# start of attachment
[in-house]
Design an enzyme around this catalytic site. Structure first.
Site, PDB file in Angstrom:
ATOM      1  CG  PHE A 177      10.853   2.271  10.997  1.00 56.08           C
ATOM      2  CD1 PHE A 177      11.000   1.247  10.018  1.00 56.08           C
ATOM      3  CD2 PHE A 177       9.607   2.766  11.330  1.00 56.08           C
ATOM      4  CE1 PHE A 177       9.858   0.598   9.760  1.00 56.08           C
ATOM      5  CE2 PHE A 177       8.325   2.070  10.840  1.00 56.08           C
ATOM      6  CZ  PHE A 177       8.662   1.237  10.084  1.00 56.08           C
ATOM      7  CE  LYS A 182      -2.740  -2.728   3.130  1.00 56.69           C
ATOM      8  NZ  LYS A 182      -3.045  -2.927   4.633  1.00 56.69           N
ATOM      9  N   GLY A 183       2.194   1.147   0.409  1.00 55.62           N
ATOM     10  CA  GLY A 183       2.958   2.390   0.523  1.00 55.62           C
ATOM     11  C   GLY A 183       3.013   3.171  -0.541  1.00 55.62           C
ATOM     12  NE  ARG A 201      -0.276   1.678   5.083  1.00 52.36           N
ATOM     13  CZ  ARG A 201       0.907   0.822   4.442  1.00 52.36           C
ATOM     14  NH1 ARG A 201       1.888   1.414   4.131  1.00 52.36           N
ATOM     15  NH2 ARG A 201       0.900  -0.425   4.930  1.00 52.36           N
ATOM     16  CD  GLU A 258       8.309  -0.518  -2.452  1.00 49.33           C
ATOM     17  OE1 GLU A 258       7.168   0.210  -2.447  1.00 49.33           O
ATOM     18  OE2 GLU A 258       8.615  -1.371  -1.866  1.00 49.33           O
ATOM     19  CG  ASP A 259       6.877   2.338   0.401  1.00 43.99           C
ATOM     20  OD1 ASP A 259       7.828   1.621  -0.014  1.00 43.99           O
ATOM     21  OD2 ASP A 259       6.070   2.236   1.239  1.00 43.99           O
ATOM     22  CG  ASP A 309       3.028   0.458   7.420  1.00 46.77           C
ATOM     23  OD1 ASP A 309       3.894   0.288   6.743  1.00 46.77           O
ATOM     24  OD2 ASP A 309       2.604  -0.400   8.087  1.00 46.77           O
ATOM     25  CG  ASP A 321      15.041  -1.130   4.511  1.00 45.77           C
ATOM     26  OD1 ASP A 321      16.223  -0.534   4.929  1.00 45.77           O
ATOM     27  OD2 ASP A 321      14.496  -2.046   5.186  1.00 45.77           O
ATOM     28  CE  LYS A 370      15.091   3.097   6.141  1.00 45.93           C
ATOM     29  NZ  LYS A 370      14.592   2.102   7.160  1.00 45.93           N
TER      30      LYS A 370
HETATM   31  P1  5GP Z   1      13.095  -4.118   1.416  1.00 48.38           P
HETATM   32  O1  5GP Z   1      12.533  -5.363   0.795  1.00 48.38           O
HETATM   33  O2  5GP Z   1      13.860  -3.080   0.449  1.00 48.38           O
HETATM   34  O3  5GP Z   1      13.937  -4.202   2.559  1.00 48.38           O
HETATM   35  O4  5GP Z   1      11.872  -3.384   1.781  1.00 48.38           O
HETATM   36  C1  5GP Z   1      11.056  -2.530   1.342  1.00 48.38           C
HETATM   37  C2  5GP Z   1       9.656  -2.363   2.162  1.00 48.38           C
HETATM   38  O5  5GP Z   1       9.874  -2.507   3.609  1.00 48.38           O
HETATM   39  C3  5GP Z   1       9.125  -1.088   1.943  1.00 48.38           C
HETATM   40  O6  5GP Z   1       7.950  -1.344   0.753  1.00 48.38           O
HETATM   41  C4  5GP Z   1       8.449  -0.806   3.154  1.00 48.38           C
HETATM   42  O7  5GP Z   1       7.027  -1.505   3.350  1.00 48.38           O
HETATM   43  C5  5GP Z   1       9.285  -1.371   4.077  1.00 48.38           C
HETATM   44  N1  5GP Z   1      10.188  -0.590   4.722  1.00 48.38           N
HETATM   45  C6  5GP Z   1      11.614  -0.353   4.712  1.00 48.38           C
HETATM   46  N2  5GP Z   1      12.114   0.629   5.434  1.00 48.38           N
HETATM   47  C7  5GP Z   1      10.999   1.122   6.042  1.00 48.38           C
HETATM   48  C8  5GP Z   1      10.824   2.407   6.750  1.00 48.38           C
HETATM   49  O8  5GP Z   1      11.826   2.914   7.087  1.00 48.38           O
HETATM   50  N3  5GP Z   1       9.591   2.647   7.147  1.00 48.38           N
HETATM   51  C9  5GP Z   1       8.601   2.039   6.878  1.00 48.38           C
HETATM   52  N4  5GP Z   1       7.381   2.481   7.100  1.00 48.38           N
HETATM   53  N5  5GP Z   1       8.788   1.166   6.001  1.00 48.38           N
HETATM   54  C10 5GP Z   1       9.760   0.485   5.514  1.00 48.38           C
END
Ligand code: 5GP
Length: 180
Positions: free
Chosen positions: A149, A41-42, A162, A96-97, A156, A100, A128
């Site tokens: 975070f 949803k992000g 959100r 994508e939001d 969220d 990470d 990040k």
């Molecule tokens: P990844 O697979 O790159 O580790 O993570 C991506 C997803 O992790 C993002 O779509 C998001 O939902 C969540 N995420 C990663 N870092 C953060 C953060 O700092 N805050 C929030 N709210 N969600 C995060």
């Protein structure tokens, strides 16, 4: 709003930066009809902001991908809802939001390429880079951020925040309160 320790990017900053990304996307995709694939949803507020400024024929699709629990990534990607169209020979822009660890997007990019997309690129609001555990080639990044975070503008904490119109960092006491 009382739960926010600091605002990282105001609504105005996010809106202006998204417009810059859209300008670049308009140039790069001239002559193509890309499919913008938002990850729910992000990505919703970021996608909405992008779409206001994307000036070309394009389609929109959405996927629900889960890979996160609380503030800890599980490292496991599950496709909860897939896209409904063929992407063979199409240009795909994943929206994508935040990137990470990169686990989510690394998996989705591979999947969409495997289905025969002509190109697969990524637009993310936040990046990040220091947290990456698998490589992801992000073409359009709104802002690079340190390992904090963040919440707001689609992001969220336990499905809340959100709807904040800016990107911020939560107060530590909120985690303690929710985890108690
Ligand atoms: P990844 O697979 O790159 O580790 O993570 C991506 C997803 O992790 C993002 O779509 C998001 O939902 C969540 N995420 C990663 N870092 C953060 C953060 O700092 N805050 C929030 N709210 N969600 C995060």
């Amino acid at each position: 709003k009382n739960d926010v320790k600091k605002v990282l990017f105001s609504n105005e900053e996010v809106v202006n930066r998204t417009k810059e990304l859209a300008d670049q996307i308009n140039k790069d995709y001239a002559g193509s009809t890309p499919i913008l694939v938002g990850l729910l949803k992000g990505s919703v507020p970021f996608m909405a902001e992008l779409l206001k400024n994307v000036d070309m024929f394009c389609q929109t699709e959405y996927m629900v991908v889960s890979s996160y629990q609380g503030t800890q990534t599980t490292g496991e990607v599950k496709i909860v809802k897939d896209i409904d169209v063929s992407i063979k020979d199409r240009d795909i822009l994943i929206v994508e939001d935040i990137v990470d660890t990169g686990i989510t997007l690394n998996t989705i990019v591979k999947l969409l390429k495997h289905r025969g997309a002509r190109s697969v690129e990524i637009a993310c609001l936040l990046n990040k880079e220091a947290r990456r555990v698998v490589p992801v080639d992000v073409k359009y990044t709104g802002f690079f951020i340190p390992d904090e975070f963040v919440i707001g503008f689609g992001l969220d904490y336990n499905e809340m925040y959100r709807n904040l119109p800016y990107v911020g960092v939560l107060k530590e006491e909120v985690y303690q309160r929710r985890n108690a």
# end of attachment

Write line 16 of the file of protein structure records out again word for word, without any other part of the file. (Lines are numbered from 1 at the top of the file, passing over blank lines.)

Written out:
ATOM     13  CZ  ARG A 201       0.907   0.822   4.442  1.00 52.36           C